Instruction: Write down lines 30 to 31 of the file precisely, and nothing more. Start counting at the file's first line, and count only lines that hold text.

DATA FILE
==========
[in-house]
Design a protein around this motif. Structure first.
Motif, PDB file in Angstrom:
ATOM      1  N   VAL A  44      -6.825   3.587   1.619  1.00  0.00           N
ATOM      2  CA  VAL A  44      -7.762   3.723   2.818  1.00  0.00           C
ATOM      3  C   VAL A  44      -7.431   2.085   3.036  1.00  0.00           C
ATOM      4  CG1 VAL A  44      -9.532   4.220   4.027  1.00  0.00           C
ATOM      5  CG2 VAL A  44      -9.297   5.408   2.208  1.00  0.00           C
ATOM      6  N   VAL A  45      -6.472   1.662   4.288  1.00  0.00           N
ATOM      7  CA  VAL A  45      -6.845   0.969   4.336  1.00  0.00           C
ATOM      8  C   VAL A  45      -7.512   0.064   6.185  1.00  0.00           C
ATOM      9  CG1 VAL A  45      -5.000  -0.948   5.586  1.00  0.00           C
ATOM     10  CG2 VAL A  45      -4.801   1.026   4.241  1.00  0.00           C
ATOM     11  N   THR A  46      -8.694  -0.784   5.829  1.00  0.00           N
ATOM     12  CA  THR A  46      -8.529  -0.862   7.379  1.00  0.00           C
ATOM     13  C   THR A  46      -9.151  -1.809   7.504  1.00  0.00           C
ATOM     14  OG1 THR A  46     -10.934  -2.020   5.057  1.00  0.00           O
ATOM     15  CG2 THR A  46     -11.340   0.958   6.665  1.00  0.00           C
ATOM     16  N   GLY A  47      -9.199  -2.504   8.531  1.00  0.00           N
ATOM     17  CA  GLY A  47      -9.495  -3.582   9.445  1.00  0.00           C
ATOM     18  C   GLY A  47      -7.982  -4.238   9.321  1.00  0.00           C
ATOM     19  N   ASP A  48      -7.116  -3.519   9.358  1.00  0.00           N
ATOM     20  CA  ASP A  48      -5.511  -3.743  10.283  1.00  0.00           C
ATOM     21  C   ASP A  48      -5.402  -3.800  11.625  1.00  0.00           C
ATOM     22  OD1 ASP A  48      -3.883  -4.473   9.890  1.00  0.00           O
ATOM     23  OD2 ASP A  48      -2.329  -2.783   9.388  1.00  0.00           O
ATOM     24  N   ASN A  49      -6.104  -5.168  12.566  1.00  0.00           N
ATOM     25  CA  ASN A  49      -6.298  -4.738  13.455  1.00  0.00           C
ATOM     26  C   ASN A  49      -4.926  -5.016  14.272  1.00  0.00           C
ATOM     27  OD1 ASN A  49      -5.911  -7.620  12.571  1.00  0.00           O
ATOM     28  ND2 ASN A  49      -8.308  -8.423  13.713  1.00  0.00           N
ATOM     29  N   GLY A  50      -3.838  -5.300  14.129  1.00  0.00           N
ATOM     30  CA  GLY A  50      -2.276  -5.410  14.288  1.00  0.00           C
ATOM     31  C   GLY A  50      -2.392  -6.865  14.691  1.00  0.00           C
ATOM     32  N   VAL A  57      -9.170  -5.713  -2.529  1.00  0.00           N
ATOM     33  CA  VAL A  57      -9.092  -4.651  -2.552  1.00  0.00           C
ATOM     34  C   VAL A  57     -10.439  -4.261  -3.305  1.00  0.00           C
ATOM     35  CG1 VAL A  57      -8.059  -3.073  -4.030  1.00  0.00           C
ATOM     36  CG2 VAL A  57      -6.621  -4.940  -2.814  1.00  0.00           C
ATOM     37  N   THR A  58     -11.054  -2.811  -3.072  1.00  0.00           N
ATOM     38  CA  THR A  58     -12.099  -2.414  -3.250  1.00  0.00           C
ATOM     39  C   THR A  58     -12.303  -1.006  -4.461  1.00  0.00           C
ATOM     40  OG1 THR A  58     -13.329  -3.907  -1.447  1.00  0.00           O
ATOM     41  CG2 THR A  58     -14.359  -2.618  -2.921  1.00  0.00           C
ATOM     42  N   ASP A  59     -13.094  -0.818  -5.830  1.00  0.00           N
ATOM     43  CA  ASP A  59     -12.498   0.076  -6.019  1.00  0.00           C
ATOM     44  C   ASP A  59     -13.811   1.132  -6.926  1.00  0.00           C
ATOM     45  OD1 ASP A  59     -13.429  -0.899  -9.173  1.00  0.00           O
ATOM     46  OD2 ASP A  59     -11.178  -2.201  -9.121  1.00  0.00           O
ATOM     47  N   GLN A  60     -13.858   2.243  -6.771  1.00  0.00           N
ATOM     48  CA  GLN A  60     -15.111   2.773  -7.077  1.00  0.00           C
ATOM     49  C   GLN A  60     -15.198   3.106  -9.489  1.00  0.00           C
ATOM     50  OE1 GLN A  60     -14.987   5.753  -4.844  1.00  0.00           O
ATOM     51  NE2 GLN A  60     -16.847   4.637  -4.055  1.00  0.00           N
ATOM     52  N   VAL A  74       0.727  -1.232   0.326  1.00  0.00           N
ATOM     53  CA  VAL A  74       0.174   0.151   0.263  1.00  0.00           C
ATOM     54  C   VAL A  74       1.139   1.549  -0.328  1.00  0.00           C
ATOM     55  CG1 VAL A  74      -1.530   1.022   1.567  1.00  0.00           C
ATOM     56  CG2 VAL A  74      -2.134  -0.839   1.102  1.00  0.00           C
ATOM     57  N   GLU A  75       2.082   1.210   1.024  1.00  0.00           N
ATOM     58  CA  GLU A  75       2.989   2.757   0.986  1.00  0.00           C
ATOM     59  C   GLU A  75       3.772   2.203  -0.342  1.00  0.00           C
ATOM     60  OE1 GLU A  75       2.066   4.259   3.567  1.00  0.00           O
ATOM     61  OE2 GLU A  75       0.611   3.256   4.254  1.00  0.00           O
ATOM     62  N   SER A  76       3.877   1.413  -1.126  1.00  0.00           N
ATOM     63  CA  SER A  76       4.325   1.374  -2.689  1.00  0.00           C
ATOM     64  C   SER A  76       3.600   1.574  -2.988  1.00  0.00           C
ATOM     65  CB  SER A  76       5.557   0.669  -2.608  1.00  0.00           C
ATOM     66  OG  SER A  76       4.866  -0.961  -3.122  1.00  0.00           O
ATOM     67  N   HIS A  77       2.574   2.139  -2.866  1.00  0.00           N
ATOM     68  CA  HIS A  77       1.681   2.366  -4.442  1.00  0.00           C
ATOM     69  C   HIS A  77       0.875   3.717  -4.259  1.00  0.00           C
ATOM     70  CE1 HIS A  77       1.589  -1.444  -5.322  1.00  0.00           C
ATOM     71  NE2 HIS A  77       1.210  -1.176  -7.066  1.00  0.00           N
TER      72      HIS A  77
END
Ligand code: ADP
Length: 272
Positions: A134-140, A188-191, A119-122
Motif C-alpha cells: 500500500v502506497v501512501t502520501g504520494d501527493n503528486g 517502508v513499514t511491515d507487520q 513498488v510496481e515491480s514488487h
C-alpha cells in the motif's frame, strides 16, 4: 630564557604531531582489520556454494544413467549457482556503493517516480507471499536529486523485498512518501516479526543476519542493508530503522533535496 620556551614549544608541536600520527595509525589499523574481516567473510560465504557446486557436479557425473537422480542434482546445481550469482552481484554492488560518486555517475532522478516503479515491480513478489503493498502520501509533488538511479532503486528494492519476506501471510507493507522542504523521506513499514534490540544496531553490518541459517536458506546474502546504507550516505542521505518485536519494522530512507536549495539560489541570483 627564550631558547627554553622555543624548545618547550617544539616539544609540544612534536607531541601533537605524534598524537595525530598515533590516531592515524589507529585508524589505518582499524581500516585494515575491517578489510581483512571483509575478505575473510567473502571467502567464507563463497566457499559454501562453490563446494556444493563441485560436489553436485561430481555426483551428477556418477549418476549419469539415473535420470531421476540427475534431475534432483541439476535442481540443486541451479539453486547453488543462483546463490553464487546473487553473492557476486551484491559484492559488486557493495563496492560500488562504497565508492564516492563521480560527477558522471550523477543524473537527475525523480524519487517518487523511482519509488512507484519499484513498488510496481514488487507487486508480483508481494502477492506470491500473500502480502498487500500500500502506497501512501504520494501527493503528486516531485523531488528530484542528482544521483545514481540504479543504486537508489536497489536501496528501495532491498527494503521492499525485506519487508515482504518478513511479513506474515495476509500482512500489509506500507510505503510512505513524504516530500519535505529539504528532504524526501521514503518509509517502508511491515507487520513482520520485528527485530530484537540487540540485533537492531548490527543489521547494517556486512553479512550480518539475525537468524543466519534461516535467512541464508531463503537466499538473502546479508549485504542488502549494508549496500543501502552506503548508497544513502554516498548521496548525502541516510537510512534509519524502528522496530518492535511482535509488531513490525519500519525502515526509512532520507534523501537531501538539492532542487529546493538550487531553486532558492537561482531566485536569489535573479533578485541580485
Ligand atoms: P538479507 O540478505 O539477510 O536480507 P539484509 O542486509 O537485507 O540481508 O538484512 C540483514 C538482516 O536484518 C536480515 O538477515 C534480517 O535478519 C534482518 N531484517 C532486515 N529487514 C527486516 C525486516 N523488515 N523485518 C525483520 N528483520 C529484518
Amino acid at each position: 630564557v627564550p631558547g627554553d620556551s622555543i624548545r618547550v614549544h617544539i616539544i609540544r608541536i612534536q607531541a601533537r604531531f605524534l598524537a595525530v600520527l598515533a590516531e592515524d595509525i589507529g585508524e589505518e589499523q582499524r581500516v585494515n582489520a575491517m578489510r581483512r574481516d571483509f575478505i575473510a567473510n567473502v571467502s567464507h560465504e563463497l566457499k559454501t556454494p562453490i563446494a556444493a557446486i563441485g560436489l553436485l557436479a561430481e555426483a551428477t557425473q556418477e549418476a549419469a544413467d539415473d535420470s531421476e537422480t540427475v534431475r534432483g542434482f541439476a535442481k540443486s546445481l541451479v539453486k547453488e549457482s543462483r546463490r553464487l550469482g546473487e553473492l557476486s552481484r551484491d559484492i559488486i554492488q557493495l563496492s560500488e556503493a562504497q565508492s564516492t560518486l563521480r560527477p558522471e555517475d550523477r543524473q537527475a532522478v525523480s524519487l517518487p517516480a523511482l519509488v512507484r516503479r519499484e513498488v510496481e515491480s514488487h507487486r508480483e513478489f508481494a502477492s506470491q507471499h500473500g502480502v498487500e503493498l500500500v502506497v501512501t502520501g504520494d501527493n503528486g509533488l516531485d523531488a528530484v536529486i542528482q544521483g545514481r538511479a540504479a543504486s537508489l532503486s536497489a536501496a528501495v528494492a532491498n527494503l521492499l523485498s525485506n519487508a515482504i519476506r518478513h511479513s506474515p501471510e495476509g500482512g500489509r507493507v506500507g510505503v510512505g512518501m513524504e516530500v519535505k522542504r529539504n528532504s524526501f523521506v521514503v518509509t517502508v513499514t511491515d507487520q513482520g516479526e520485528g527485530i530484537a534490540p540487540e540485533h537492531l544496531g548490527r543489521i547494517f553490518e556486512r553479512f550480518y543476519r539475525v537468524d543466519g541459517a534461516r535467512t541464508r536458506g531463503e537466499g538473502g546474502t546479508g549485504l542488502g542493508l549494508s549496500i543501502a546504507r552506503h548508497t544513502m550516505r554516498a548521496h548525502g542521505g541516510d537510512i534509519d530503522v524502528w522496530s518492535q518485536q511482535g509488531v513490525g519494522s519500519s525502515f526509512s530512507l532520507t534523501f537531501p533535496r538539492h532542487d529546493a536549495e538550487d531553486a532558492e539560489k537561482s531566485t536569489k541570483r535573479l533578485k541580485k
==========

ATOM     27  OD1 ASN A  49      -5.911  -7.620  12.571  1.00  0.00           O
ATOM     28  ND2 ASN A  49      -8.308  -8.423  13.713  1.00  0.00           N